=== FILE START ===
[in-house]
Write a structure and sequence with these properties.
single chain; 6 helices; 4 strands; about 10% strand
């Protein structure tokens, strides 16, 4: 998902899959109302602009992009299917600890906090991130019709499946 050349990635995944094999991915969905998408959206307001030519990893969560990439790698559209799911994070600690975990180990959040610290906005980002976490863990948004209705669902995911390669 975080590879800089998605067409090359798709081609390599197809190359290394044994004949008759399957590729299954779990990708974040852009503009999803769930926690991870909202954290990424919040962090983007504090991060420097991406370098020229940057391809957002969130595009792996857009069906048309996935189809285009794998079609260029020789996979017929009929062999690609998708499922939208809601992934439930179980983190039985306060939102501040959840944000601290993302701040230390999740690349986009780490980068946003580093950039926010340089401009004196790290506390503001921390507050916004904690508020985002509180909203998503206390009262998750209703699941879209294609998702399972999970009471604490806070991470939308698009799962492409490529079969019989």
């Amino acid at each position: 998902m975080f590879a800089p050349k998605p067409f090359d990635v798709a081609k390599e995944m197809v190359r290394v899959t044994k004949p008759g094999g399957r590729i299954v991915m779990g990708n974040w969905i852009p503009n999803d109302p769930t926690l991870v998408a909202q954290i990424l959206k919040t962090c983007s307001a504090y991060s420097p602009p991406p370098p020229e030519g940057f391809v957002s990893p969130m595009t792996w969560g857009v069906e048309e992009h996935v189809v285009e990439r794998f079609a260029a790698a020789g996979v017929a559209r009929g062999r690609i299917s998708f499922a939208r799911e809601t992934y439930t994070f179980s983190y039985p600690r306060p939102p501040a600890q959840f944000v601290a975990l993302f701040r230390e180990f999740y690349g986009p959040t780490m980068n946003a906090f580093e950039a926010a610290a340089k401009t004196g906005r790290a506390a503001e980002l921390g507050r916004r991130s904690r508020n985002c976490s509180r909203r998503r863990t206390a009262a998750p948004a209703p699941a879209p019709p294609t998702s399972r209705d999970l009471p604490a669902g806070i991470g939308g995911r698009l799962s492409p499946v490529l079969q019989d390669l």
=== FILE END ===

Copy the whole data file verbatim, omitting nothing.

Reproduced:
[in-house]
Write a structure and sequence with these properties.
single chain; 6 helices; 4 strands; about 10% strand
């Protein structure tokens, strides 16, 4: 998902899959109302602009992009299917600890906090991130019709499946 050349990635995944094999991915969905998408959206307001030519990893969560990439790698559209799911994070600690975990180990959040610290906005980002976490863990948004209705669902995911390669 975080590879800089998605067409090359798709081609390599197809190359290394044994004949008759399957590729299954779990990708974040852009503009999803769930926690991870909202954290990424919040962090983007504090991060420097991406370098020229940057391809957002969130595009792996857009069906048309996935189809285009794998079609260029020789996979017929009929062999690609998708499922939208809601992934439930179980983190039985306060939102501040959840944000601290993302701040230390999740690349986009780490980068946003580093950039926010340089401009004196790290506390503001921390507050916004904690508020985002509180909203998503206390009262998750209703699941879209294609998702399972999970009471604490806070991470939308698009799962492409490529079969019989």
């Amino acid at each position: 998902m975080f590879a800089p050349k998605p067409f090359d990635v798709a081609k390599e995944m197809v190359r290394v899959t044994k004949p008759g094999g399957r590729i299954v991915m779990g990708n974040w969905i852009p503009n999803d109302p769930t926690l991870v998408a909202q954290i990424l959206k919040t962090c983007s307001a504090y991060s420097p602009p991406p370098p020229e030519g940057f391809v957002s990893p969130m595009t792996w969560g857009v069906e048309e992009h996935v189809v285009e990439r794998f079609a260029a790698a020789g996979v017929a559209r009929g062999r690609i299917s998708f499922a939208r799911e809601t992934y439930t994070f179980s983190y039985p600690r306060p939102p501040a600890q959840f944000v601290a975990l993302f701040r230390e180990f999740y690349g986009p959040t780490m980068n946003a906090f580093e950039a926010a610290a340089k401009t004196g906005r790290a506390a503001e980002l921390g507050r916004r991130s904690r508020n985002c976490s509180r909203r998503r863990t206390a009262a998750p948004a209703p699941a879209p019709p294609t998702s399972r209705d999970l009471p604490a669902g806070i991470g939308g995911r698009l799962s492409p499946v490529l079969q019989d390669l």